The trisaccharide melezitose impacts honey bees and their intestinal microbiota
Cite this dataset
Seeburger, Victoria et al. (2020). The trisaccharide melezitose impacts honey bees and their intestinal microbiota [Dataset]. Dryad. https://doi.org/10.5061/dryad.3ffbg79f8
In general, honey bees (Apis mellifera L.) feed on honey produced from collected nectar. In the absence of nectar, during certain times of the year or in monocultural landscapes, honey bees forage on honeydew. Honeydew is excreted by different herbivores of the order Hemiptera that consume phloem sap of plant species. In comparison to nectar, honeydew is composed of a higher variety of sugars and additional sugars with higher molecular weight, like the trisaccharide melezitose that can be a major constituent of honeydew. However, melezitose-containing honey is known to cause malnutrition in overwintering honey bees. Following the hypothesis that melezitose may be the cause for the so called ‘honeydew flow disease’, three independent feeding experiments with caged bees were conducted in consecutive years. Bees fed with melezitose showed increased food uptake, higher gut weights and elevated mortality compared to bees fed a control diet. Moreover, severe disease symptoms, such as swollen abdomen, abdomen tipping and impaired movement were observed in melezitose-fed bees. 16S-amplicon sequencing indicated that the melezitose diet changed the species composition of the lactic acid bacteria community within the gut microbiota. Based on these results, we conclude that melezitose cannot be easily digested by the host and may accumulate in the hindgut. Within cages or during winter, when there is no opportunity for excretion, the accumulated melezitose can cause severe intestinal symptoms and death of the bees, probably as result of poor melezitose metabolism capabilities in the intestinal microbiota. These findings confirm the causal relation between the trisaccharide melezitose and the honeydew flow disease and indicate a possible mechanism of pathogenesis.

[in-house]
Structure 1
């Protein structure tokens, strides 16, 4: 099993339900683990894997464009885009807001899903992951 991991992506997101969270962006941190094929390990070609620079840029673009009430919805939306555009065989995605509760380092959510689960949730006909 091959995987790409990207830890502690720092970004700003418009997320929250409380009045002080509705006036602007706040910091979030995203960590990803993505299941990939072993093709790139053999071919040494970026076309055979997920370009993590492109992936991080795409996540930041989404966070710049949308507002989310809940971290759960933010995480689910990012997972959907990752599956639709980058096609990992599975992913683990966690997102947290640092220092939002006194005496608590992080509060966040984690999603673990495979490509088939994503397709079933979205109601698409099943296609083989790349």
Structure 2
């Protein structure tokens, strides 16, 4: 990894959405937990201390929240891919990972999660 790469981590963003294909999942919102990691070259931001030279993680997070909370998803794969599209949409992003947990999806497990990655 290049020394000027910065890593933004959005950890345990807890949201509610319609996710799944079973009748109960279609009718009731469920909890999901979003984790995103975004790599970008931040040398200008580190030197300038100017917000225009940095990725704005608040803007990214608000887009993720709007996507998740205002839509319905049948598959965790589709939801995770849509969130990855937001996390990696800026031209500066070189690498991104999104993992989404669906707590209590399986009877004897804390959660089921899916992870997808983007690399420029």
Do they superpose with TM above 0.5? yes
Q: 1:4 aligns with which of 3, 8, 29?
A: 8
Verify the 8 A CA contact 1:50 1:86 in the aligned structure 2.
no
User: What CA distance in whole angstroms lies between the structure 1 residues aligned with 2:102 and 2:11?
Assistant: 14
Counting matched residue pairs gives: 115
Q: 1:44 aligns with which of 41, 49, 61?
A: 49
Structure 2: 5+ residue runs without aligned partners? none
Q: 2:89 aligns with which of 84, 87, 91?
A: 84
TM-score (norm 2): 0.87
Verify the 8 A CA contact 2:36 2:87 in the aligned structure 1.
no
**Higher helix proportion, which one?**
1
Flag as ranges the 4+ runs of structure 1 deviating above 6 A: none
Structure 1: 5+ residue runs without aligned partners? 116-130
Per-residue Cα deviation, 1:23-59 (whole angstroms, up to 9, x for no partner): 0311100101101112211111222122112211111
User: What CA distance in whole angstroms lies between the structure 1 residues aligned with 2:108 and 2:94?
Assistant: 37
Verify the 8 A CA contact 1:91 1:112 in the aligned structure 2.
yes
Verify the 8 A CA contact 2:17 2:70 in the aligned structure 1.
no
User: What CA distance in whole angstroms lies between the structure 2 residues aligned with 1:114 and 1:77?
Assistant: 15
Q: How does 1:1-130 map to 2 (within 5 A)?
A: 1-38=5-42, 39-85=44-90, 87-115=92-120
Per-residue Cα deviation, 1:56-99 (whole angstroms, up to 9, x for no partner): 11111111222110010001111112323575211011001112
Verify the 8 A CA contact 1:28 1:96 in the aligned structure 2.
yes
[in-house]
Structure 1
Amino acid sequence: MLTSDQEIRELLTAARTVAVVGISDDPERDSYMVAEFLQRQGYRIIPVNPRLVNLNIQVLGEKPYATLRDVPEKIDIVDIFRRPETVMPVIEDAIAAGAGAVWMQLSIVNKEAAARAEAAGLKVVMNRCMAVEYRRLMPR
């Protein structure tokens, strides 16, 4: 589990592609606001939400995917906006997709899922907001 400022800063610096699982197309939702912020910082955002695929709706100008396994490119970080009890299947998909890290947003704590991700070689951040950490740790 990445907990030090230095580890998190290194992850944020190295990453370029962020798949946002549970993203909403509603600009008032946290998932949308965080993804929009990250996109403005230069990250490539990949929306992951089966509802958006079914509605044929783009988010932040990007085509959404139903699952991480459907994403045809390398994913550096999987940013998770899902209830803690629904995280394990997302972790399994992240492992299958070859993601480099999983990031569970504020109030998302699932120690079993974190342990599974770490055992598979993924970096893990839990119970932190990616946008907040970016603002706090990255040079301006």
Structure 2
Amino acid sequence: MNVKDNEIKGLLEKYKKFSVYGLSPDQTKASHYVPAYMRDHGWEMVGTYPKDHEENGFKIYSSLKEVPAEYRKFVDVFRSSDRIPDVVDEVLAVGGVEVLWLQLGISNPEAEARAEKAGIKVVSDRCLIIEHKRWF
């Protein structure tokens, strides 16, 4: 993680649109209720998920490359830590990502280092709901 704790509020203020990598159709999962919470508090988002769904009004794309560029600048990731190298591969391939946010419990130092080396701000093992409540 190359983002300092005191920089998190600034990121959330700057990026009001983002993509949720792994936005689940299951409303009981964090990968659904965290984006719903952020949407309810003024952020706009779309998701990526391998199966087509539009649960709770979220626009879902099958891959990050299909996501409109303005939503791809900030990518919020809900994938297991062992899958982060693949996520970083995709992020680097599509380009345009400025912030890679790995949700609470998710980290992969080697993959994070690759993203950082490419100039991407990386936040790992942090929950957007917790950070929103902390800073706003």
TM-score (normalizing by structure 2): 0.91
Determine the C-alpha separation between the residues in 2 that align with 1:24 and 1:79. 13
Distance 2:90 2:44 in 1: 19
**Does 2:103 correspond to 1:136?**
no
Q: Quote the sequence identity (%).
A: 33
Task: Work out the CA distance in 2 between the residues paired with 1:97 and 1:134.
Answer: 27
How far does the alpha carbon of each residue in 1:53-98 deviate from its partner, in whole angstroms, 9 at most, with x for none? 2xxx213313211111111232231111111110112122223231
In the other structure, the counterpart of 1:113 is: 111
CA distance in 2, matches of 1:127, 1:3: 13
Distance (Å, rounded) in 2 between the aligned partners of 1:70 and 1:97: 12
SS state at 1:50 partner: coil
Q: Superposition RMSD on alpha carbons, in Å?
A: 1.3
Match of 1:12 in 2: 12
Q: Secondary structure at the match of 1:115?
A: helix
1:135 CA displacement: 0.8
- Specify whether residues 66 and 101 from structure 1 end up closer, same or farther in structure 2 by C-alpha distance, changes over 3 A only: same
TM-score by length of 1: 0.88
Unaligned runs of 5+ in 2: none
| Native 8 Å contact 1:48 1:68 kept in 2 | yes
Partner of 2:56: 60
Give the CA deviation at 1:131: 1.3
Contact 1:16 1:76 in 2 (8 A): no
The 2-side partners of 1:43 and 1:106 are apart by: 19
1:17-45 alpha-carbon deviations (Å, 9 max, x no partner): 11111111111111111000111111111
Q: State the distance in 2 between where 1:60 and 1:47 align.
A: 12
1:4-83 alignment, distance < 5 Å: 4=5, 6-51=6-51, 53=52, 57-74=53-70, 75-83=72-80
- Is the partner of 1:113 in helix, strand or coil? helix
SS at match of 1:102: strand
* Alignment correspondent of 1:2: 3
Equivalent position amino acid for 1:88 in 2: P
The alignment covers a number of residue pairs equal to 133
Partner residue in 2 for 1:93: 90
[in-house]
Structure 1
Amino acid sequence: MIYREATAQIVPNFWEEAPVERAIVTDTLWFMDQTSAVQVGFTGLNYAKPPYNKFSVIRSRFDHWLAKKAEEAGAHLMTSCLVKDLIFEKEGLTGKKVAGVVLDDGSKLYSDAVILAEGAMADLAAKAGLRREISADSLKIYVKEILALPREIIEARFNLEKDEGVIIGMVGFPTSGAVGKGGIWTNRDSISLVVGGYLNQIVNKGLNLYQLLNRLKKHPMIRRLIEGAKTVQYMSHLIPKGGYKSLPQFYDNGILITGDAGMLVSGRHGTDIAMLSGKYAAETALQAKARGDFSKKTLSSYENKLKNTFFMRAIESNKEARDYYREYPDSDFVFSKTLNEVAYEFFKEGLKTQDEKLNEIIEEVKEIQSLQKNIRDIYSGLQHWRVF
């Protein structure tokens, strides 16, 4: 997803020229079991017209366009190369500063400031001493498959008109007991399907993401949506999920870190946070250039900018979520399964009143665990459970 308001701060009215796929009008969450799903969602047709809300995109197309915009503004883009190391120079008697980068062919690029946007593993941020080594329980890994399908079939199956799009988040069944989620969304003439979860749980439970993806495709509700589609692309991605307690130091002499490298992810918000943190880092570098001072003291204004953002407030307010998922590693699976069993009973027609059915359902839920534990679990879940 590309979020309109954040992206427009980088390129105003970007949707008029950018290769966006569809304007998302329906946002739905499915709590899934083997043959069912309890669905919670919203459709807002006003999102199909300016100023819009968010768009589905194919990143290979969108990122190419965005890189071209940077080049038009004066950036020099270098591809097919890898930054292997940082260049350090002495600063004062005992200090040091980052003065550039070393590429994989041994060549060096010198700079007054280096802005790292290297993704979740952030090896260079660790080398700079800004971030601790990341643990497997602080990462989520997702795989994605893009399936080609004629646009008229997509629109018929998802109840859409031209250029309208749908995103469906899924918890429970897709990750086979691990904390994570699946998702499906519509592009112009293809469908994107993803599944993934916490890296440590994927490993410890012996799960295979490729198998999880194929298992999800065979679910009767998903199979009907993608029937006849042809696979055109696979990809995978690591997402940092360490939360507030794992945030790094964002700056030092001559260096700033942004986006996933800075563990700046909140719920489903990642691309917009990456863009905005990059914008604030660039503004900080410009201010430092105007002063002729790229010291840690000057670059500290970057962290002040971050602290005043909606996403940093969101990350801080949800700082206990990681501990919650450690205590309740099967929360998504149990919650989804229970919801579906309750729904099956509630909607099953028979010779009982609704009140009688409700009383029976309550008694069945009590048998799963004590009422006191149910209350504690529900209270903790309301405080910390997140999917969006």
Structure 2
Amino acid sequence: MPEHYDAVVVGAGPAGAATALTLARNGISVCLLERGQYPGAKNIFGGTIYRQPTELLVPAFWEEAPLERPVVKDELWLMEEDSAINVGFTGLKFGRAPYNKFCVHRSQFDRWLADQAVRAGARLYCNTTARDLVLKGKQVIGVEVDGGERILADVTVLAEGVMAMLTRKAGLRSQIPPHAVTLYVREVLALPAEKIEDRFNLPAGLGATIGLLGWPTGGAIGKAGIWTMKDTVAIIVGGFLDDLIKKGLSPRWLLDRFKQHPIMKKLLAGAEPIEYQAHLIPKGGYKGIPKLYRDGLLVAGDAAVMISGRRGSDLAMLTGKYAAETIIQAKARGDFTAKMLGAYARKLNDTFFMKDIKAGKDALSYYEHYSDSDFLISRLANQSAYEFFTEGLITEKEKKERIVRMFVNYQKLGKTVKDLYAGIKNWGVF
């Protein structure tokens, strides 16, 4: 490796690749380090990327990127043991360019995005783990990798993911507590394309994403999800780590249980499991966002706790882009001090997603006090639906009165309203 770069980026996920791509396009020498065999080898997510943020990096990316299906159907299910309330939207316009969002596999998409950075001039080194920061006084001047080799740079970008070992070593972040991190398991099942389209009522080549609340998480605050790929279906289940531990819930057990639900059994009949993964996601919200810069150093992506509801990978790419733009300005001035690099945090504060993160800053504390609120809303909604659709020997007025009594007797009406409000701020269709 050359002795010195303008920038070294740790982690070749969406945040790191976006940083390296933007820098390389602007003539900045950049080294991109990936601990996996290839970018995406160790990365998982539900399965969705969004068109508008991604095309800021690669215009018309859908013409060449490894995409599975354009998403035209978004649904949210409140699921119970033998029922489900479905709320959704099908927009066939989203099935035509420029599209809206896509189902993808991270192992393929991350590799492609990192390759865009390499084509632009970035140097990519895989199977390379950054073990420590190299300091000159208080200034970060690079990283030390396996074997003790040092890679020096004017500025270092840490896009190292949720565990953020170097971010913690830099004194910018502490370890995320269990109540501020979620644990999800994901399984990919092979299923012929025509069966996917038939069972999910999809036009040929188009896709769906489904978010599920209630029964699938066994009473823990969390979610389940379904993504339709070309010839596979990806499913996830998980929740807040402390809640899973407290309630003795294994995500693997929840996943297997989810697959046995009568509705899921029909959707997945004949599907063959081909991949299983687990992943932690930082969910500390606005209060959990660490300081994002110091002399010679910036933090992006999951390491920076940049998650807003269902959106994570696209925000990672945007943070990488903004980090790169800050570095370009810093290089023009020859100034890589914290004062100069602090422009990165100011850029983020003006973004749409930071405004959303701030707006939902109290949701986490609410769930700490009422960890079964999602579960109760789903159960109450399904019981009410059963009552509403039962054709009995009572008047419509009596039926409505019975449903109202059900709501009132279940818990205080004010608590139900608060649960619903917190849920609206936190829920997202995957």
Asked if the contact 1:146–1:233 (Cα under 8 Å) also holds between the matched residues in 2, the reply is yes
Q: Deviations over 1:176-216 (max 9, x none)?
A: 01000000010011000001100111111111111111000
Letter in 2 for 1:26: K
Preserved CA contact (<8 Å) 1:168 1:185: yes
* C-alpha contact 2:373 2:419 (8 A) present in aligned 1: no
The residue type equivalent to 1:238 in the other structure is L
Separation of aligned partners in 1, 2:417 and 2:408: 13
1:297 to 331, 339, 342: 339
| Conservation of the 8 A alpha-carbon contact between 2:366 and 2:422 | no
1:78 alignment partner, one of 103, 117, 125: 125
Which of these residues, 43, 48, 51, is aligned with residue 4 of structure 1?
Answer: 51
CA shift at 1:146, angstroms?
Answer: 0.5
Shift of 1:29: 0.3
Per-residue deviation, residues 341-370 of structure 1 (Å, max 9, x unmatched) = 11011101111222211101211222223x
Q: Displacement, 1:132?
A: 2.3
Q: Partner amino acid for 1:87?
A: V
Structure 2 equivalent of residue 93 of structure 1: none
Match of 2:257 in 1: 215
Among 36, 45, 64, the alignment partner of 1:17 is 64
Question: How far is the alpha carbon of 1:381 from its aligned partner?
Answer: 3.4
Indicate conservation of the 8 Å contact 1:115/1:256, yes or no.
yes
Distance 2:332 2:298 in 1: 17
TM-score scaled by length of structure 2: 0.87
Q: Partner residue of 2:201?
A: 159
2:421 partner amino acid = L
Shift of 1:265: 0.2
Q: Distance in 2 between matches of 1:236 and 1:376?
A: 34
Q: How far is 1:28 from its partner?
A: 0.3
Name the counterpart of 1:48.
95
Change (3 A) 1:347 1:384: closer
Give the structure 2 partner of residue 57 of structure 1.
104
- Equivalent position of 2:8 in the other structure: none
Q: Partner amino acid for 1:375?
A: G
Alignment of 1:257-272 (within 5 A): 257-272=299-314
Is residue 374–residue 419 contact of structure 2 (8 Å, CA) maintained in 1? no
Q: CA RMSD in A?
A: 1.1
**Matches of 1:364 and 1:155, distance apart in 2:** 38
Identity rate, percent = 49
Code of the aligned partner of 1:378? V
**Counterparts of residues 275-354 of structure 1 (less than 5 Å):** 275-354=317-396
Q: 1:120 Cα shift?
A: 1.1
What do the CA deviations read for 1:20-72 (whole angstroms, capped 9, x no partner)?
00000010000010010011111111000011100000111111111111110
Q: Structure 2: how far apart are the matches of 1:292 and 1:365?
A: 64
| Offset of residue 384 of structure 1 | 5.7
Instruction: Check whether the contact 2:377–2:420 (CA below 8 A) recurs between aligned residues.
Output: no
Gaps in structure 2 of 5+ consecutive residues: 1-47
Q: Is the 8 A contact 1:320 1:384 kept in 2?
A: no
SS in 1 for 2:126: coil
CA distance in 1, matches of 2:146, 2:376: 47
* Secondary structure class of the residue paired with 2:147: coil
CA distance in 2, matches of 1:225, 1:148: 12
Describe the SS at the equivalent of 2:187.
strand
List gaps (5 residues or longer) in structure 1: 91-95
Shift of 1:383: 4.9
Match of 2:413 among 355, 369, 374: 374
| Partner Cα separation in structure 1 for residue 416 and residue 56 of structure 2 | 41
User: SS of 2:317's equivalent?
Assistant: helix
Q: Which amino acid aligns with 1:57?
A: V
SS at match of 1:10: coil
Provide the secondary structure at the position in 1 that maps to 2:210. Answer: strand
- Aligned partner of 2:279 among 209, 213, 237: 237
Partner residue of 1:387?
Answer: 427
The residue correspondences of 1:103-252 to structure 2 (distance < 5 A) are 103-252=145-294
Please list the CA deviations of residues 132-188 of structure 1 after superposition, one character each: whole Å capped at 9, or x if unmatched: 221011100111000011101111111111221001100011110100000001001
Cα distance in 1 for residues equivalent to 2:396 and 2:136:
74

The project is supported by funds of the Federal Ministry of Food and Agriculture (BMEL) based on the decision of the Parliament of the Federal Republic of Germany via the Federal Office for Agriculture and Food (BLE) under the innovation support program to A.S. (2816500114) and G.L. (2816500214). The funders had no role in study design, data collection and analysis, decision to publish, or preparation of the manuscript. No additional external funding was received for this study., Award: 2816500114